MYSTERY While narrating the story from four different perspectives, the author skilfully explores human relationships and emotions. Rehna Karim
Ten years since Turow's Presumed Innocent, the sequel Innocent just got bigger and better. The book opens with the shocking but classic scene of Rusty sitting by the bed of his dead wife, Barbara. The accused and the victim are introduced. Rusty would sit for long contemplating about calling his son or the police. Rusty's old rival Tommy Molto is in charge of the case, along with his chief deputy, Jim Brand. Does Rusty have a hand in this murder? Is there another woman involved? Perhaps an affair?
Rewind 22 years back, 39-year-old Rusty Sabich went on the Polhemus trial where he was accused of the murder of his lover and colleague, Carolyn Polhemus. Rusty Sabich will always be remembered for the unbelievable twist of events that blew out the whole case.
Presumed Innocent itself seemed like a masterpiece that cannot be replicated. Innocent features four separate perspectives, from Rusty to his son Nat, a budding law professor, Molto and Rusty's senior clerk Anna Vostic.
What interested me the most was Nat's character. Nat is blissfully ignorant about many things and this puts some facts in full view, while the story depends on Nat's wilful blackouts on certain aspects. The plot starts off slowly, which allows you to sink into the characters as the author introduces them. Turow is a pro in creating electric courtroom exchanges, the twist and counter-twist. The last minute revelation turns everything on its head. Turow has a fine way with his words. He keeps you rooted to the story right from the opening lines.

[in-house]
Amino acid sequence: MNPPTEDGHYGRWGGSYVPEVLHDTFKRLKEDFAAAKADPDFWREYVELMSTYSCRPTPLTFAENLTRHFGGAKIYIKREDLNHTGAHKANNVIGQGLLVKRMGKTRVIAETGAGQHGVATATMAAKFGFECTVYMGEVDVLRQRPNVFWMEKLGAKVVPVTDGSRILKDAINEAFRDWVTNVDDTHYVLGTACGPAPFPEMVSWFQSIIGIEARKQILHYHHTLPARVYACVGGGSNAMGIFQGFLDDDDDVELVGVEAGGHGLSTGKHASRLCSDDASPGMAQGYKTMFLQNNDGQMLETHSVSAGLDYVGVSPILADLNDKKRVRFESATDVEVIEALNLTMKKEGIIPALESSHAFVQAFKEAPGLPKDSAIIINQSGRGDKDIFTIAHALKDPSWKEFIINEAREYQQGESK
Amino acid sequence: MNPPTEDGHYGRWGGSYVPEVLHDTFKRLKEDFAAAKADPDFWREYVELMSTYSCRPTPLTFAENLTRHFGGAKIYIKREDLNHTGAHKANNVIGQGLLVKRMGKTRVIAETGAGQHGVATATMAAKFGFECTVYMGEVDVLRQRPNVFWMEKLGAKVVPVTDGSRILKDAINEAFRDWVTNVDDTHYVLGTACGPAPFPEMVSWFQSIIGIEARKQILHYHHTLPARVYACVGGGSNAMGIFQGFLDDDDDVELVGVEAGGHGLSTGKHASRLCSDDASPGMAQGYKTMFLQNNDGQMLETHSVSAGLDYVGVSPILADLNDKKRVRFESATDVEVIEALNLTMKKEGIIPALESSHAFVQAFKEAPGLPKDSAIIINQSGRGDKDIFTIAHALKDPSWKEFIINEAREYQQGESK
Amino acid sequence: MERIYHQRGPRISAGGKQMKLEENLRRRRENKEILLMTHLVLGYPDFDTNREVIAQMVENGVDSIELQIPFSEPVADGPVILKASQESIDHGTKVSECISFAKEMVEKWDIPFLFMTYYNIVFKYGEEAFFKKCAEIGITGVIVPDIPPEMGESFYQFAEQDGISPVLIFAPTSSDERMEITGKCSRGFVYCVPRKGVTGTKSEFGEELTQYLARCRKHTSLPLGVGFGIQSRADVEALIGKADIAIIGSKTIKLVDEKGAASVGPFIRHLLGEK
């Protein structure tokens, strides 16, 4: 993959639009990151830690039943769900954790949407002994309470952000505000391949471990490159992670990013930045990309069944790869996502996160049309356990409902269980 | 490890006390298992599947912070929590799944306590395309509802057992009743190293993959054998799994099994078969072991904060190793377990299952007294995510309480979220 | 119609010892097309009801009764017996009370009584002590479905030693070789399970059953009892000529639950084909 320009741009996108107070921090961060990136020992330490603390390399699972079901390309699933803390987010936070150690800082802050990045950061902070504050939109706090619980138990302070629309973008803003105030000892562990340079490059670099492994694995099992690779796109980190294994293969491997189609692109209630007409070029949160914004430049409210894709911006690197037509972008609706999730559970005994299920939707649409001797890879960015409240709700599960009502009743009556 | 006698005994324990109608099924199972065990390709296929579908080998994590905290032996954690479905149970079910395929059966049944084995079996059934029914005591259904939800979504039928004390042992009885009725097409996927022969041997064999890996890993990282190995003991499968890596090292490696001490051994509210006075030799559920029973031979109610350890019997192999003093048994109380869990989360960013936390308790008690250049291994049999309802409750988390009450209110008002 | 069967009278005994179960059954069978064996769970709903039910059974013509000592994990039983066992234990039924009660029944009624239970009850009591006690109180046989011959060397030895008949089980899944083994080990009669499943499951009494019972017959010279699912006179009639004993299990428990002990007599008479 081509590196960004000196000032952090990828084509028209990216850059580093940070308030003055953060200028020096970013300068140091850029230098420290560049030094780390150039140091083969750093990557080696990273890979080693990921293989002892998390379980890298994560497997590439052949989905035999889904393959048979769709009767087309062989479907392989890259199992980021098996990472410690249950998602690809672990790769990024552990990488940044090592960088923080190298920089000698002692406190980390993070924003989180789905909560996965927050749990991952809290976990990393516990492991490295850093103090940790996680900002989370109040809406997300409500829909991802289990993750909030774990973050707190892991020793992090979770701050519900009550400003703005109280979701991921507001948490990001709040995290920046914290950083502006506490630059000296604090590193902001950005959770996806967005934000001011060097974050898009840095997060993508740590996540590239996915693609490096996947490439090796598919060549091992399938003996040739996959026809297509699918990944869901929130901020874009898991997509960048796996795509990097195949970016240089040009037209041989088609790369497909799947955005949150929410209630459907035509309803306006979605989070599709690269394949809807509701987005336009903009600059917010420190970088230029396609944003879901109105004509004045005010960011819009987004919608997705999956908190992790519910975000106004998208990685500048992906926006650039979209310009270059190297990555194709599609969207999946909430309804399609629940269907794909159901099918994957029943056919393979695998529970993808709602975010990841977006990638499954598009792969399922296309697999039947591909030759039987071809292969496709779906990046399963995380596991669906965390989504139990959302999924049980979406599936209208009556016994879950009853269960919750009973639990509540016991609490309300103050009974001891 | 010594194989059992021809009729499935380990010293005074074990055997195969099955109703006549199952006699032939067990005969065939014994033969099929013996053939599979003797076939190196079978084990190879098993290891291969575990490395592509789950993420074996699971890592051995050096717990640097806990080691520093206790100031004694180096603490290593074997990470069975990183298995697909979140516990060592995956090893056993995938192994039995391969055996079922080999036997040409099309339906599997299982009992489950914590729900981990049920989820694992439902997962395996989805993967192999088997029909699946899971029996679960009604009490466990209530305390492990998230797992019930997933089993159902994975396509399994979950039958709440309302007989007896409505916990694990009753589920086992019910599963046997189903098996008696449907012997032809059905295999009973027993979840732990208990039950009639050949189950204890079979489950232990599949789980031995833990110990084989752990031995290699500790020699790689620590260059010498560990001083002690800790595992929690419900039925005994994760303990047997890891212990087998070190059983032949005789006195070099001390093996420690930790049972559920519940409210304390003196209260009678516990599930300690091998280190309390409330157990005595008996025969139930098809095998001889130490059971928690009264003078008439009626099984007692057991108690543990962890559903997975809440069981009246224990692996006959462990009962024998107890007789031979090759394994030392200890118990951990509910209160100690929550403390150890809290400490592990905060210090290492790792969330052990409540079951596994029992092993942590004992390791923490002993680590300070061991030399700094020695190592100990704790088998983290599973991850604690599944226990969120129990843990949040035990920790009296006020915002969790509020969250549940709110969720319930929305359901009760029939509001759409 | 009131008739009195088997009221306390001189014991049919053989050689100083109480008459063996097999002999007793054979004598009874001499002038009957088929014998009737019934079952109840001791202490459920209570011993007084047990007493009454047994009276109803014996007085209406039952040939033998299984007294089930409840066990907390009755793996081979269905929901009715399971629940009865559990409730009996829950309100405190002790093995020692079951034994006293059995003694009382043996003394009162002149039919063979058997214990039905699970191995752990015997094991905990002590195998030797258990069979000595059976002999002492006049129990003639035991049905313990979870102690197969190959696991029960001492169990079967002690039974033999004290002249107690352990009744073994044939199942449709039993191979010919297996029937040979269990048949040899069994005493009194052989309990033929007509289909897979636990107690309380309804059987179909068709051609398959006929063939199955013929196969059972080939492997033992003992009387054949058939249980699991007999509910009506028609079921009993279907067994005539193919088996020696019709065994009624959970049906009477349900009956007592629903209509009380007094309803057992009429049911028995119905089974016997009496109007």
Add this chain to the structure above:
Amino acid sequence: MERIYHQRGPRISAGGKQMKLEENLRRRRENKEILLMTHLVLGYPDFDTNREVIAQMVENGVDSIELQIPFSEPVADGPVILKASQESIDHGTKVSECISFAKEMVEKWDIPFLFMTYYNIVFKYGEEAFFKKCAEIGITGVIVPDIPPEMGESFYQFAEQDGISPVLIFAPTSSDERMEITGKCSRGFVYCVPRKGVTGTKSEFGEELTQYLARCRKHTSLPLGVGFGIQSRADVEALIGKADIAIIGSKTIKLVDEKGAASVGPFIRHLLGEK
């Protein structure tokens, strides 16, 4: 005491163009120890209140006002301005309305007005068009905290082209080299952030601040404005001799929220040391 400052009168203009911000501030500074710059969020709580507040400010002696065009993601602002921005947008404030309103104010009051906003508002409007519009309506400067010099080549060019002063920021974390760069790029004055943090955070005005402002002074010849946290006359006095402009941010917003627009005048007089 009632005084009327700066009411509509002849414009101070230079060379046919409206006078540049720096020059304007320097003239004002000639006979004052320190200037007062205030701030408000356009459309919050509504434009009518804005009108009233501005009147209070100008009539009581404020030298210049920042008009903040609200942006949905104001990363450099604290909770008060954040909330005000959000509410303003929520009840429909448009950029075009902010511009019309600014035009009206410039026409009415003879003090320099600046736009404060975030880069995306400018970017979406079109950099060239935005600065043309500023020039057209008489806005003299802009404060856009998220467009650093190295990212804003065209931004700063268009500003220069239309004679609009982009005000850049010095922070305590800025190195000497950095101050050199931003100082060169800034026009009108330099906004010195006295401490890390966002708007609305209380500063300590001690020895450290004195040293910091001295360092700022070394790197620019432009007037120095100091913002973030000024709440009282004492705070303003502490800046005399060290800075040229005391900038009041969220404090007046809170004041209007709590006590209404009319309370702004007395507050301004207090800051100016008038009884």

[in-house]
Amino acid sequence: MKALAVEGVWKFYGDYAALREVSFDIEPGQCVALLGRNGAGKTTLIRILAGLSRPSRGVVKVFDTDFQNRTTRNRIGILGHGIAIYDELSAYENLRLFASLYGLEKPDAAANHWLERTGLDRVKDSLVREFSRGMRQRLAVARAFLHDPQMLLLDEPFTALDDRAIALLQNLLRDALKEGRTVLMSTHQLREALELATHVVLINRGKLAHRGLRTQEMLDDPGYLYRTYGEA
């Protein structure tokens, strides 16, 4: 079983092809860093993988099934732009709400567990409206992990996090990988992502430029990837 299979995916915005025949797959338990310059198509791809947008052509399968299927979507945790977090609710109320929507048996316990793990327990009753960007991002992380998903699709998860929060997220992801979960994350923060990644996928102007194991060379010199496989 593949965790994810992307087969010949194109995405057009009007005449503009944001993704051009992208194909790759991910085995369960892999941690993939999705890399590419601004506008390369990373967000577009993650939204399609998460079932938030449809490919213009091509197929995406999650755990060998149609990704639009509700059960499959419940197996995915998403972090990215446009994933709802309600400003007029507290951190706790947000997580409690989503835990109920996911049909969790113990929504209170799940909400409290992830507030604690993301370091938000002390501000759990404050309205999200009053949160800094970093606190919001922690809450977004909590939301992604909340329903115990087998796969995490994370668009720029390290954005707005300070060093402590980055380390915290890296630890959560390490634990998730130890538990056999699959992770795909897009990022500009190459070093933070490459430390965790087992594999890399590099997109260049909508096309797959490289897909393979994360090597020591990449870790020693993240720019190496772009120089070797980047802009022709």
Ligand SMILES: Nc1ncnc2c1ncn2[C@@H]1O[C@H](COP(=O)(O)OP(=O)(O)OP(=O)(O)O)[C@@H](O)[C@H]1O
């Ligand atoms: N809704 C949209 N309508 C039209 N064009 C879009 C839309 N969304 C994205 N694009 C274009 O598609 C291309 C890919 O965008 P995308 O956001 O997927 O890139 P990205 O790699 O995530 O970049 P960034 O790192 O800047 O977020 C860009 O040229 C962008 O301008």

The novel is more complex in its making. It explores the human relationships and emotions. There are trials, twists and so much more to be savoured from this novel.
Rehna is a M.Sc. Visual Communication student at Loyola College.
Title: INNOCENT Author: Scott Turow Publisher: Hachette Price: £5.99